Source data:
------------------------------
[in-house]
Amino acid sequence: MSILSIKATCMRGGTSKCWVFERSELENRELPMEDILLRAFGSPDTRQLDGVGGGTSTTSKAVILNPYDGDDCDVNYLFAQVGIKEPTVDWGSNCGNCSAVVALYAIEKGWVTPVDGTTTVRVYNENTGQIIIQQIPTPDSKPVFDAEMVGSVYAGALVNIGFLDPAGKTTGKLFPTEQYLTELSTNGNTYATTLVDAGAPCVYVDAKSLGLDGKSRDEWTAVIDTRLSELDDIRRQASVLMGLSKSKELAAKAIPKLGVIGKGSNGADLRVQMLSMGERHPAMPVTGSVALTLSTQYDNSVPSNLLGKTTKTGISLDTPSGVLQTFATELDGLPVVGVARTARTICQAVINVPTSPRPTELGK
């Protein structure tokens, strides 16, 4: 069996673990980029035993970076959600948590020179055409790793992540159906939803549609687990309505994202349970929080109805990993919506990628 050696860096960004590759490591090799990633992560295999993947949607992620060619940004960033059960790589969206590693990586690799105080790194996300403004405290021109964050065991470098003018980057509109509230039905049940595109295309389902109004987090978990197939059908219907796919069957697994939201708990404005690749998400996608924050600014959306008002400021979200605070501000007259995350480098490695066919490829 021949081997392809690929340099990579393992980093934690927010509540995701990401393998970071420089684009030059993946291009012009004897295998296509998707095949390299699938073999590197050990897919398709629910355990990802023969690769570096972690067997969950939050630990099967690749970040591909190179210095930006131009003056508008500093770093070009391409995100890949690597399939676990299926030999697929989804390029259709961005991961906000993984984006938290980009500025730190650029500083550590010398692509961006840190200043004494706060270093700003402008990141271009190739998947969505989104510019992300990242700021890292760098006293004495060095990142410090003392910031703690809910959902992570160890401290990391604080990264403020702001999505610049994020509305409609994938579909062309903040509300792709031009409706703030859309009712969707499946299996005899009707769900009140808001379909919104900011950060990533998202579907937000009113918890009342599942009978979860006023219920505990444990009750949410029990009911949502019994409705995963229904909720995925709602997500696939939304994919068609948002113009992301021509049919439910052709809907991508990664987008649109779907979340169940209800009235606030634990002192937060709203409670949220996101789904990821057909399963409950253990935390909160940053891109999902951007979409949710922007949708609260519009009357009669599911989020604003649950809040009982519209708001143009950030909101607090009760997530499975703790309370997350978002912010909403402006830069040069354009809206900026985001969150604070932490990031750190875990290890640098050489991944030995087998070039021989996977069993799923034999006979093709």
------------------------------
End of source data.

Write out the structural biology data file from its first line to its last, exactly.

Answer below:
[in-house]
Amino acid sequence: MSILSIKATCMRGGTSKCWVFERSELENRELPMEDILLRAFGSPDTRQLDGVGGGTSTTSKAVILNPYDGDDCDVNYLFAQVGIKEPTVDWGSNCGNCSAVVALYAIEKGWVTPVDGTTTVRVYNENTGQIIIQQIPTPDSKPVFDAEMVGSVYAGALVNIGFLDPAGKTTGKLFPTEQYLTELSTNGNTYATTLVDAGAPCVYVDAKSLGLDGKSRDEWTAVIDTRLSELDDIRRQASVLMGLSKSKELAAKAIPKLGVIGKGSNGADLRVQMLSMGERHPAMPVTGSVALTLSTQYDNSVPSNLLGKTTKTGISLDTPSGVLQTFATELDGLPVVGVARTARTICQAVINVPTSPRPTELGK
């Protein structure tokens, strides 16, 4: 069996673990980029035993970076959600948590020179055409790793992540159906939803549609687990309505994202349970929080109805990993919506990628 050696860096960004590759490591090799990633992560295999993947949607992620060619940004960033059960790589969206590693990586690799105080790194996300403004405290021109964050065991470098003018980057509109509230039905049940595109295309389902109004987090978990197939059908219907796919069957697994939201708990404005690749998400996608924050600014959306008002400021979200605070501000007259995350480098490695066919490829 021949081997392809690929340099990579393992980093934690927010509540995701990401393998970071420089684009030059993946291009012009004897295998296509998707095949390299699938073999590197050990897919398709629910355990990802023969690769570096972690067997969950939050630990099967690749970040591909190179210095930006131009003056508008500093770093070009391409995100890949690597399939676990299926030999697929989804390029259709961005991961906000993984984006938290980009500025730190650029500083550590010398692509961006840190200043004494706060270093700003402008990141271009190739998947969505989104510019992300990242700021890292760098006293004495060095990142410090003392910031703690809910959902992570160890401290990391604080990264403020702001999505610049994020509305409609994938579909062309903040509300792709031009409706703030859309009712969707499946299996005899009707769900009140808001379909919104900011950060990533998202579907937000009113918890009342599942009978979860006023219920505990444990009750949410029990009911949502019994409705995963229904909720995925709602997500696939939304994919068609948002113009992301021509049919439910052709809907991508990664987008649109779907979340169940209800009235606030634990002192937060709203409670949220996101789904990821057909399963409950253990935390909160940053891109999902951007979409949710922007949708609260519009009357009669599911989020604003649950809040009982519209708001143009950030909101607090009760997530499975703790309370997350978002912010909403402006830069040069354009809206900026985001969150604070932490990031750190875990290890640098050489991944030995087998070039021989996977069993799923034999006979093709």